Journey back to Chiltern’s rich past

WIND-BACK: Chiltern Tourism and Development president Kevin Mayhew and National Trust's Sue Hinrichs. Picture: SIMON BAYLISS
WIND-BACK: Chiltern Tourism and Development president Kevin Mayhew and National Trust's Sue Hinrichs. Picture: SIMON BAYLISS

Chiltern’s historic value has always been a talking point, but this year’s National Trust Heritage Festival will be about the town’s new additions, too.

Last year’s event was significant, with Chiltern hosting the state-wide launch, and National Trust Chiltern property manager Sue Hinrichs wanted to keep the momentum going.

“The general feel of the town was celebratory,” she said.

“The heritage festival is Australia-wide and each town nominates different events.

“It used to be a sleepy dusty, town, but Chiltern’s coming alive.”

Three old buildings have been re-purposed this year – studios Blackbird and Paper Trail have joined the scene, as well as a tea room in the old bank. Chiltern Tourism and Development president Kevin Mayhew welcomed visitors to see the new ventures on Sunday, as part of their journey back in time.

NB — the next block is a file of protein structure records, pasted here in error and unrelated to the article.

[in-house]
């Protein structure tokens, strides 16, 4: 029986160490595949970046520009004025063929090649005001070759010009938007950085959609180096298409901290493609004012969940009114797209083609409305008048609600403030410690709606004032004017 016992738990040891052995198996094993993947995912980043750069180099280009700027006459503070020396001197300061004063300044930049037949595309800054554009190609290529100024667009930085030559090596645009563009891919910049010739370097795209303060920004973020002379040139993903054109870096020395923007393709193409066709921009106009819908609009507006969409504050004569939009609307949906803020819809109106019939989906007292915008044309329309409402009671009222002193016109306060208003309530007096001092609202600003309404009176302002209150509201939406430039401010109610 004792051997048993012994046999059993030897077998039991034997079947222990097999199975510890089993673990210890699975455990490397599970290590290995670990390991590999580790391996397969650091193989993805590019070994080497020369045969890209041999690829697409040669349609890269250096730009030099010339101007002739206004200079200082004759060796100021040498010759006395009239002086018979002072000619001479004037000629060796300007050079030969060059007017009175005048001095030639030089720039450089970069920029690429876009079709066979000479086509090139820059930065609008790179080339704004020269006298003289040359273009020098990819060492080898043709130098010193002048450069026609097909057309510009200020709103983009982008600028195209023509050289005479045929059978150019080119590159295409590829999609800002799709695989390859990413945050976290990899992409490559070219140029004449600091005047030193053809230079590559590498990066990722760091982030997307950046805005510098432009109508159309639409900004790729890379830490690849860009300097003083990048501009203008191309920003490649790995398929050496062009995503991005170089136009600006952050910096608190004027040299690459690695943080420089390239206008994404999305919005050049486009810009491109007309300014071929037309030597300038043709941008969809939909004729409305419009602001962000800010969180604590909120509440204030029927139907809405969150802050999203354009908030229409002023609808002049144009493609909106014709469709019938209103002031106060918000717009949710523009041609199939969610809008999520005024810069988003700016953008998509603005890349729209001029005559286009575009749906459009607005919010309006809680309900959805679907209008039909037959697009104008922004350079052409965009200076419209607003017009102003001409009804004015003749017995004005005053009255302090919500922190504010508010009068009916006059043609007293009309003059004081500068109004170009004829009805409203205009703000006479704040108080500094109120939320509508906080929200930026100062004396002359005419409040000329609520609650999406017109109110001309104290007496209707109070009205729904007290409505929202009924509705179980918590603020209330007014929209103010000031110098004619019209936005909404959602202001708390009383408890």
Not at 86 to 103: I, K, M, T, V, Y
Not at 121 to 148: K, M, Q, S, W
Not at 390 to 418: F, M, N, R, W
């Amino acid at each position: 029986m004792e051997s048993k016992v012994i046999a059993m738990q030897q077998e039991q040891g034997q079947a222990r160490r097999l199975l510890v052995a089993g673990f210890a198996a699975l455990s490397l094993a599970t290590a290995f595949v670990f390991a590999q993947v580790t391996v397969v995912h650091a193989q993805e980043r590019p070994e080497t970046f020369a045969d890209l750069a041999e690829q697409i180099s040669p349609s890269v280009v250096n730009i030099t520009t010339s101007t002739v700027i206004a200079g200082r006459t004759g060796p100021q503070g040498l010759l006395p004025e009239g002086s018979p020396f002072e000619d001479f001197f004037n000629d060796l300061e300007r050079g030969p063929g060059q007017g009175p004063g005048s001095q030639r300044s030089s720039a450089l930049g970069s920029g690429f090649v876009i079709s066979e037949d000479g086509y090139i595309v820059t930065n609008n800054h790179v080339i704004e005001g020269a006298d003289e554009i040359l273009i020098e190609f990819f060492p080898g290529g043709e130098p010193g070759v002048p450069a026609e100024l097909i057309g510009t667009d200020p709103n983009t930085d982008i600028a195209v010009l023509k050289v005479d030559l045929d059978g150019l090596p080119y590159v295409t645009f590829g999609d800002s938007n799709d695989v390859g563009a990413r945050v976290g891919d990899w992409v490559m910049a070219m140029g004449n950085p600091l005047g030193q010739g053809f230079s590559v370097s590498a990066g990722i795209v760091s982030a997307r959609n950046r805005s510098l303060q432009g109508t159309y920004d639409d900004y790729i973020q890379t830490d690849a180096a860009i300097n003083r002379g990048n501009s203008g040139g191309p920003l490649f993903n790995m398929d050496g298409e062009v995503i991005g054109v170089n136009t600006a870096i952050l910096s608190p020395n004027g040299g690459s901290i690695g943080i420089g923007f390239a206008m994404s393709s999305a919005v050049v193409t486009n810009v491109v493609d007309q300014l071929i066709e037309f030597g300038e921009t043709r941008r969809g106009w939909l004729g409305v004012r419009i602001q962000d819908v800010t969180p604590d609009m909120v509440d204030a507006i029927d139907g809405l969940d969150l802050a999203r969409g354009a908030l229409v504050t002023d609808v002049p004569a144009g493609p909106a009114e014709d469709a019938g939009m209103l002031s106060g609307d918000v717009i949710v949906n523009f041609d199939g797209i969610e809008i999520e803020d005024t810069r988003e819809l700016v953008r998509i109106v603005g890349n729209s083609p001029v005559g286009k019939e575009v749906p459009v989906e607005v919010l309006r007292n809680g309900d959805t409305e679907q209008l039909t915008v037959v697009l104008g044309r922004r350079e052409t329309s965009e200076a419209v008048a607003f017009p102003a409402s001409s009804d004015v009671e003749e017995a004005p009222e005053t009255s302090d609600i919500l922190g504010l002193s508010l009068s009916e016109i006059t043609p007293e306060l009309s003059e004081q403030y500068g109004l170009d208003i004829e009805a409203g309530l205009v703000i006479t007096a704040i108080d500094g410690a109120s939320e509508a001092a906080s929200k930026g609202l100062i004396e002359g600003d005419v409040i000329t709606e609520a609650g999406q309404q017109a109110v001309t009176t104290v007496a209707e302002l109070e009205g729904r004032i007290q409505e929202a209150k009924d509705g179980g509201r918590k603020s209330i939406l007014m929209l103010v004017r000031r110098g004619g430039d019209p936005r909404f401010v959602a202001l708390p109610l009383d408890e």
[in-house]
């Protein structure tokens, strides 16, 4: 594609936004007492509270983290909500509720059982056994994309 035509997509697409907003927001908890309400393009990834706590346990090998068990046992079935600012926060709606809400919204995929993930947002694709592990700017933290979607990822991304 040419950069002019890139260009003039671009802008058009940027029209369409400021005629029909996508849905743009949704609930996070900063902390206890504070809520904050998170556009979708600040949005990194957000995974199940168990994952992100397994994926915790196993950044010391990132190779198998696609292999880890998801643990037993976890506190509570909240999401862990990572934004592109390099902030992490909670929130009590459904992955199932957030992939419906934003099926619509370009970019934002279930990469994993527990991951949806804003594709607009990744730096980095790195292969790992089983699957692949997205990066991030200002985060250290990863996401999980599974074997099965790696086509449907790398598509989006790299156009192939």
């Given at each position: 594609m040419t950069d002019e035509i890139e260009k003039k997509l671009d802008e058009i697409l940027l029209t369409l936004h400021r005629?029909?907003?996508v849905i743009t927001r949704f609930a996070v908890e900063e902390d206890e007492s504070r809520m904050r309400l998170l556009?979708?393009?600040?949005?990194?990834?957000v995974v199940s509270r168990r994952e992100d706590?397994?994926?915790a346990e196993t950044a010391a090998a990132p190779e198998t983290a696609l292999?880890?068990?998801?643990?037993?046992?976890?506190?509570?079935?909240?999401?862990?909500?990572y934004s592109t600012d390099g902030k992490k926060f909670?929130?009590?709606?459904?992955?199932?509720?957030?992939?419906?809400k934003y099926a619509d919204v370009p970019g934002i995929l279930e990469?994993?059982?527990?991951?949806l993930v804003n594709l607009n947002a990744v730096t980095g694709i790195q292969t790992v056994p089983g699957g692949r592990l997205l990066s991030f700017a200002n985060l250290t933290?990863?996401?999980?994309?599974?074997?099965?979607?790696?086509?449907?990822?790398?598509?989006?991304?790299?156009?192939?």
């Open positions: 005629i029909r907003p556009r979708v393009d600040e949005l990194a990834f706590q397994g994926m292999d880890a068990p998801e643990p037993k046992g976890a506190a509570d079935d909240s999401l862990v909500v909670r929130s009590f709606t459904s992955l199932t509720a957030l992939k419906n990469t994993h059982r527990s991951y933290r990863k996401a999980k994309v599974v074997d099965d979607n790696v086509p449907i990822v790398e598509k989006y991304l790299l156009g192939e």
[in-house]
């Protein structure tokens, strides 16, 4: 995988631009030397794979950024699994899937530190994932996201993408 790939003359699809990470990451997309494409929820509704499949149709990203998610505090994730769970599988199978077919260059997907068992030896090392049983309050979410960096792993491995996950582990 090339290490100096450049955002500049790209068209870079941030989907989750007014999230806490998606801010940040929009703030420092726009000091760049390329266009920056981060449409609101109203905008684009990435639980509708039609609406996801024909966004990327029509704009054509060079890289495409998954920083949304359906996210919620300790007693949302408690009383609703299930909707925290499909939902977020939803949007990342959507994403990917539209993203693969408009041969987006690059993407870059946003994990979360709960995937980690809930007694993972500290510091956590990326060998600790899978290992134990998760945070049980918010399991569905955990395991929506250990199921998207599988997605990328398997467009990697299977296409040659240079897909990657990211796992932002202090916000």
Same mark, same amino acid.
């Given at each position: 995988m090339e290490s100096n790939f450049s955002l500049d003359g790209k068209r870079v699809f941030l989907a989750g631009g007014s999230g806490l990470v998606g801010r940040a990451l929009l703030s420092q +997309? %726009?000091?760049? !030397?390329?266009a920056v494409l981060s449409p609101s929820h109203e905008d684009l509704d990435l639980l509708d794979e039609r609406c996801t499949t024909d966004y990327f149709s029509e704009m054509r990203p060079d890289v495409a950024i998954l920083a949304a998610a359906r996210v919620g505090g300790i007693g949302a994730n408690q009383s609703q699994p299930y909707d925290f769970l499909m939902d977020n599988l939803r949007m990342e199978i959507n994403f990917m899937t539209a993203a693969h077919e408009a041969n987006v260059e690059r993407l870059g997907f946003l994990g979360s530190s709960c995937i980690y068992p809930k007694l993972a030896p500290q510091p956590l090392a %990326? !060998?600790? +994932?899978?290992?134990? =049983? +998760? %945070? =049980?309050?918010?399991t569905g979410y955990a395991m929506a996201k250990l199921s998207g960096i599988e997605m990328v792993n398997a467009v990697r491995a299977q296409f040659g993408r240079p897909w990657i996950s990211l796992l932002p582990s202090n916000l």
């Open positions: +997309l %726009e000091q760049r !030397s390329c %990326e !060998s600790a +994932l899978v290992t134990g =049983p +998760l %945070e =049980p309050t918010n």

“This will be a casual weekend where people are encouraged to come to Chiltern and do a discovery tour,” he said.

“The visitor information centre will do guided walking tours, or will have a brochure for people to do self-guided tours.

‘We’ll have guides to tell them the story of the different places they visit – of Dow’s Pharmacy, the Federal Standard and Lake View house, the three National Trust properties – not many towns in Victoria have that many.

“The tour highlights significant other properties in Chiltern – we’ve got something like 20 or 30 listed on the Victorian register of historic properties.”

Mr Mayhew said as part of the weekend, evening lantern tours will also be on offer, the Chiltern Athenaeum Museum will celebrate its 150th anniversary and visitors are welcome to cruise the Old Hume Highway 31.

“It’s an iconic piece of road and we’d love as many people in their old cars to come along,” he said.

“It’s not just about the properties, but about people being able to go to the Athenaeum to hear about their family history, and learn of the significant people in Chiltern.

“The creation of the football club happened behind the building in Dow’s residence – it’s all those stories and more.”